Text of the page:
Society no longer accepts the "it is just a consequence of farming" excuse for soil and water contamination that is now being exemplified on an unprecedented scale. Citizen action committees are pursuing farms for natural resource contamination much the same way that they went after manufacturers and chemical companies for industrial-based pollution in the 1980s. Don't count on state right-to-farm laws to override federal environmental protection laws when the cleanup of an aquifer becomes necessary because of high nitrate levels.
So, that goes back to farms and related stakeholders needing customized environmental impairment insurance for the environmental loss exposures they face. Just for reference and to offer some perspective, the following is a list of a few of the common environmental loss exposures associated with farming.
*Insured under the average farm package insurance policy
As mentioned earlier, the liability insurance provided in the standard farm package insurance policy does not provide coverage when it comes to environmental-related loss exposures faced by farms but works fine for the nonenvironmental, everyday operations of a farm. The most common loss on the general liability insurance policies sold to farms is a collision between a car and a tractor; usually, it's a car hitting a tractor, as tractors hitting cars is infrequent. In either case, the damages from these collisions are rarely, if ever, measured in the tens of millions of dollars. In contrast, environmental damage to an aquifer is routinely measured in the tens of millions of dollars in the industrial sector even for nonhazardous contaminants.
Farm insurance policies were not designed to deal with environmental losses; in fact, farm package insurance policies will totally exclude any claim involving damages from contamination of any kind with the single exception of crop overspray. As with all other standard liability and property insurance policies, the insurance policies sold to farms contain at least one pollution exclusion. The most common pollution exclusion eliminates coverage for "bodily injury or property damage arising out of the actual, alleged or threatened discharge, dispersal, seepage, migration, release or escape of pollutants." "Pollutants" is defined as "any solid, liquid, gaseous or thermal irritant or contaminant, including smoke, vapor, soot, fumes, acids, alkalis, chemicals, and waste." "Waste" includes materials to be recycled, reconditioned, or reclaimed.
To most, this may not seem like a big deal for farms. Farms don't handle "pollutants"; a pollutant is hazardous waste, right? That assumption is totally wrong. The restrictive coverage in farm liability insurance policies was exemplified in December 2014 when the Wisconsin Supreme Court ruled that the bacteria found in cow manure is a "pollutant." The case, Wilson Mut. Ins. Co. v. Falk, Nos. 2013AP691, 2013AP776, 2014 Wisc. LEXIS 1256 (Apr. 17, 2014), involved the Falk dairy farm, and the Falks, like every other dairy farmer, used manure to fertilize their fields. Neighboring property owners sued the Falks, alleging that the application of manure to their farm fields had polluted a local aquifer and contaminated water wells. Ultimately, the neighbor's child ended up in the hospital from drinking bacteria-contaminated groundwater, so the neighbors sued the Falks for the damages they suffered from the bacteria in their well.
Upon receipt of the suit, the Falks filed a claim on their farm liability insurance policy with Wilson Mutual Insurance Company, which was denied. Wilson Mutual claimed that the cow manure was a "pollutant" excluded from coverage by the farm policy's pollution exclusion. After multiple appeals, leading to the case being presented to the Wisconsin Supreme Court, the court upheld that cow manure is a "pollutant" because of the bacteria it contained that resulted in contamination of the well. Coverage for the claim was precluded by the pollution exclusion because the well was "contaminated."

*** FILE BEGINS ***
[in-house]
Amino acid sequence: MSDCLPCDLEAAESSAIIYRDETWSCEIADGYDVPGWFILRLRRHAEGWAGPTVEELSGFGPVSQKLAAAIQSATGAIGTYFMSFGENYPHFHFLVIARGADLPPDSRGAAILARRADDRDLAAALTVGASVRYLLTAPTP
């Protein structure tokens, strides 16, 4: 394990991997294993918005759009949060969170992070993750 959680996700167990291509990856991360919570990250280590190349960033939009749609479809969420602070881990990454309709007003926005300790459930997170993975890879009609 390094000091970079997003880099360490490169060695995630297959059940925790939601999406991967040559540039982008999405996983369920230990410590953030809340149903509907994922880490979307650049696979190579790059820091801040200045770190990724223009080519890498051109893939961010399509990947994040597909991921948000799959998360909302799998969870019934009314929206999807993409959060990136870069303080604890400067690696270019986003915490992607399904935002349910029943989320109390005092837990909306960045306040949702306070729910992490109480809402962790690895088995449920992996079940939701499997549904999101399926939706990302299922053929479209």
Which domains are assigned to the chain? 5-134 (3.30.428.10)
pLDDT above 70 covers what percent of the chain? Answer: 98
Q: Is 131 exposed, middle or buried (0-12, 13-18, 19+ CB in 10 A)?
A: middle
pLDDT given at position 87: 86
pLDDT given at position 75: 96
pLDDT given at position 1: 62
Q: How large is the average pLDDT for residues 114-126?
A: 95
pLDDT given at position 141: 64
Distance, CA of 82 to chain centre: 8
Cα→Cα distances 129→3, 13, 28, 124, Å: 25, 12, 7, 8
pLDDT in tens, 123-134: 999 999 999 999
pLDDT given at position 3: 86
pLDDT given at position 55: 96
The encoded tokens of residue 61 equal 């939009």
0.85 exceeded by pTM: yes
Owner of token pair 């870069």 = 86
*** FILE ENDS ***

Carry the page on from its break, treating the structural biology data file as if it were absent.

The Wisconsin Supreme Court ruled that, while a reasonable insured may not consider manure safely applied to a field to be a "pollutant," a reasonable insured would consider bacteria contamination in a well to be a "pollutant." Now, even the Wisconsin Supreme Court has created precedence that standard farm liability insurance policies do not cover contamination losses, specifically those involving bacteria contamination of an aquifer. One Wisconsin Supreme Court justice went as far as to call standard farm liability insurance policies "useless insurance" for a dairy. Other states are likely to follow suit, making this a nationwide issue.
So, it's clear that farms need specialized environmental impairment liability insurance to provide coverage for their environmental loss exposure, but what is the solution to the cover gaps created by the pollution exclusions in farm policies? The solution to pollution exclusions is specialized environmental impairment liability insurance products that are specifically designed to fill the gaps created by the pollution exclusions on standard farm package insurance policies.
The following facts are clear.
It should be noted that endorsements added to a general liability or standard farm insurance policy that make exceptions to the "absolute" pollution exclusions in those policies do not equate to true environmental insurance coverage. These endorsements commonly provide very restrictive coverage for pollution events; for example, they may restrict coverage only to pollution incidents involving farm chemicals, or the coverage will only be offered for contamination events occurring in time frames measured in hours. The most detrimental environmental loss exposures for a farm are the ones that occur over an extended period of time (i.e., gradually) and involve substances such as manure that are not considered "farm chemicals."
Given this reality, farms need to purchase a specialized environmental insurance policy to pick up coverage for their pollution-related loss exposures. Specially modified environmental insurance policies are designed to fill the gap in coverage created by pollution exclusions on the standard farm liability and property insurance packages. Genuine environmental insurance policies are readily available for all types of farms today. Specially modified farm environmental insurance policies are needed to fill the insurance coverage gaps for the environmental loss exposures that all farms risk facing. Minimum premiums are below $4,000 for a $1,000,000 limit of liability as of this writing.